No free kicks for your brand – a guide for brand owners during the FIFA Women’s World Cup


The FIFA Women’s World Cup® is officially underway in host countries Australia and New Zealand, with viewership numbers expected to reach 2 billion people globally.

With so many eyes pointed in the same direction, there is of course, an enticing opportunity for brand owners to try to capture their own piece of the spotlight. But before anyone sets off to paint their logo on the stadium doors, it’s worth taking the time to consider which marketing strategies are in the clear and which are hurtling, studs-up, into trouble.

What follows here is a brief guide (lightly spattered with groan-inducing puns) to help brand owners score their marketing goals during this FIFA Women’s World Cup®, without committing any fouls.

The first thing to consider is that the FIFA Women’s World Cup® has a line-up of official affiliates in the form of partners, supporters, and sponsors. These affiliates typically have agreements in place which give them special rights in terms of how they can use their branding in partnership with the World Cup. The affiliates naturally have an interest to set up a strong back line to keep their investment safe from any undue influence and secure their exclusive rights.

For brand owners who are not in position (by way of agreement) to associate their brand with the FIFA Women’s World Cup®, caution must be taken to not intentionally or inadvertently use the intellectual property of FIFA® or portray themselves as an affiliate of FIFA® or the World Cup. Parties doing so may be found guilty of committing the foul often described as ‘ambush marketing’.  

Ambush marketing involves capitalising on the publicity and attention generated by a popular event without entering into any official sponsorship agreements. This can be achieved through various means, such clever advertising campaigns or brand endorsements by individuals associated with the event without bearing the financial burden of official sponsorship.

Acts of ambush marketing can be subtle or overt. A famous example comes from the 2010 FIFA Men’s World Cup® in South Africa, when a group of Dutch fans were ejected from the Netherlands v Denmark game, after FIFA® officials accused them of wearing orange attire to promote an unlicensed beer brand. If nothing else, this case emphasises that there is an element of subjectivity when it comes to spotting instances of ambush marketing, which is even more reason to tread carefully and play within the lines.

Some examples of less extravagant stunts that might result in a penalty include unauthorised street trading in and around the stadiums during matches, or simply posting images of your brand near the FIFA® or Women’s World Cup logos and insignia online to attract attention for commercial purposes.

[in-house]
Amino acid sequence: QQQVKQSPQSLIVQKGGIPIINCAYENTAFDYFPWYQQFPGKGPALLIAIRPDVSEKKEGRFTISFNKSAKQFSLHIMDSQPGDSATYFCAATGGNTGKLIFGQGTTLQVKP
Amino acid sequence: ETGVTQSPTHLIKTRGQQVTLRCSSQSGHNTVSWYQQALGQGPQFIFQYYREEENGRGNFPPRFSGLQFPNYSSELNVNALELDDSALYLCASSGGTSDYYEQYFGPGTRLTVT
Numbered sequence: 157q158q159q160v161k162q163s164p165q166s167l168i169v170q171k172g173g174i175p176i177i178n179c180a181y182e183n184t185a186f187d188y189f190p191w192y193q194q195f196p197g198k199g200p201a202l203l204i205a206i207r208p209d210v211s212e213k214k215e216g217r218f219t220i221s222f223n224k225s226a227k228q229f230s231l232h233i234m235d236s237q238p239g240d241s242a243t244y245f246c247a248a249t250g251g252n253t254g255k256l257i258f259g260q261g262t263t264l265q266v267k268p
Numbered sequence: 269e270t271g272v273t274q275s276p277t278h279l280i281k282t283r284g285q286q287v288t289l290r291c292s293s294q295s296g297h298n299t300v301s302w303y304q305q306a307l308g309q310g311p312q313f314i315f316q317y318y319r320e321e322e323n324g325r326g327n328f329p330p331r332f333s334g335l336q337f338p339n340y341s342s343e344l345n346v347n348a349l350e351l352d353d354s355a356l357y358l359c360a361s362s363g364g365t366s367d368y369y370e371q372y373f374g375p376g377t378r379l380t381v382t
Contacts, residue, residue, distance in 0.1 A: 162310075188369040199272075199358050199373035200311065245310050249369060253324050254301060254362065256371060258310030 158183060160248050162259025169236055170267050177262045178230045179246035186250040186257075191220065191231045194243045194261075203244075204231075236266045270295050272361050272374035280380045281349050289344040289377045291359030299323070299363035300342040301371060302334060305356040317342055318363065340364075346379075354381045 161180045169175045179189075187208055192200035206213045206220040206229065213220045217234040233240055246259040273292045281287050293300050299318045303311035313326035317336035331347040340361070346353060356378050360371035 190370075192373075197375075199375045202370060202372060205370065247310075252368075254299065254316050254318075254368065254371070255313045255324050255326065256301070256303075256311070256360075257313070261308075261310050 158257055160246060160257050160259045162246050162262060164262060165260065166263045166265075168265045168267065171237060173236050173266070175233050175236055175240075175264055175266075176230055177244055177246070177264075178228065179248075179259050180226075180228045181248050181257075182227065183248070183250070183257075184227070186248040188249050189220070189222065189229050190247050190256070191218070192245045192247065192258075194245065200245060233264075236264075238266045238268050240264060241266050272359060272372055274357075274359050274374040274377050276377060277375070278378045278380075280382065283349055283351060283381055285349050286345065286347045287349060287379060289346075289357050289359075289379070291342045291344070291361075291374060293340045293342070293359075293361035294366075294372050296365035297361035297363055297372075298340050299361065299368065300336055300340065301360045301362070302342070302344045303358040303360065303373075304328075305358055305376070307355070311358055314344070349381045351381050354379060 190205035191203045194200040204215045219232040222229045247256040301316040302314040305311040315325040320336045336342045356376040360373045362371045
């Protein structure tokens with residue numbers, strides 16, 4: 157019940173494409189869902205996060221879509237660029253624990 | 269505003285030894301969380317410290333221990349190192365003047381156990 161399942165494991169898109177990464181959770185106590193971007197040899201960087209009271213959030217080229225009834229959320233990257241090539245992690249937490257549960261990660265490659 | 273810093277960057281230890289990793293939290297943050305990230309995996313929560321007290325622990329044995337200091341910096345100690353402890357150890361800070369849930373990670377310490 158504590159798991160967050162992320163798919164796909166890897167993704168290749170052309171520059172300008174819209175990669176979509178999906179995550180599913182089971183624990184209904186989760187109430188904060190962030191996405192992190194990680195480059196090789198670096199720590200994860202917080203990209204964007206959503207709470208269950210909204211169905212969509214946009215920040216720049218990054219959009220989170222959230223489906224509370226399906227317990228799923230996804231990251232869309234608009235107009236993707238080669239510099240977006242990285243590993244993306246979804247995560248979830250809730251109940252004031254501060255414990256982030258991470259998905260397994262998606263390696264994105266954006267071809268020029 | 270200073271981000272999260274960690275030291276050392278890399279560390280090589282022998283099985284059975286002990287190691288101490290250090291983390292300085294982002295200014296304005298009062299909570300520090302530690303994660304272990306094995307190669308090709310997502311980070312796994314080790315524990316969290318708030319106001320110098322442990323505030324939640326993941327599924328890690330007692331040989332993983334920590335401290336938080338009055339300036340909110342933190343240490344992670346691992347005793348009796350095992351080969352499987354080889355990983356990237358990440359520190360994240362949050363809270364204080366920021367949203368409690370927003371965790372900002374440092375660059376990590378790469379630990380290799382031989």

Unauthorised use of another entity’s branding for commercial purposes often constitutes a clear-cut case of trade mark infringement. However, during the FIFA Women’s World Cup®, there is an extra layer of protection for the event organisers. The Major Events Management (FIFA Women’s World Cup Australia & New Zealand 2023) Order 2022 has declared that the FIFA Women’s World Cup® is a ‘major event’. The laws around ‘major events’ are governed by the states and territories in Australia and major events in New Zealand are governed by the Major Events Management Act 2007. These Acts generally contain provisions that expressly prohibit use of any official title or official insignia, of a major event for a commercial purpose, without the consent of the relevant authority.

But just because the pitch is a little bumpy doesn’t mean brand owners should forfeit the match. There are plenty of ways to celebrate the FIFA Women’s World Cup® without setting off the referee’s whistle. FIFA® recommends using generic football or country-related images and/or terminology that do not incorporate any FIFA® Intellectual Property. Brand owners can see this as an opportunity to think outside the 6-yard box and invent clever ways to show support to the game or a particular country. Treat your brand as a fan of the game sharing in the excitement, rather than as a partner of the event.

If there are any doubts as to whether your marketing strategy will run you into trouble, reach out to our team of intellectual property specialists who will be delighted to assist.

And on that note…Go Matildas!

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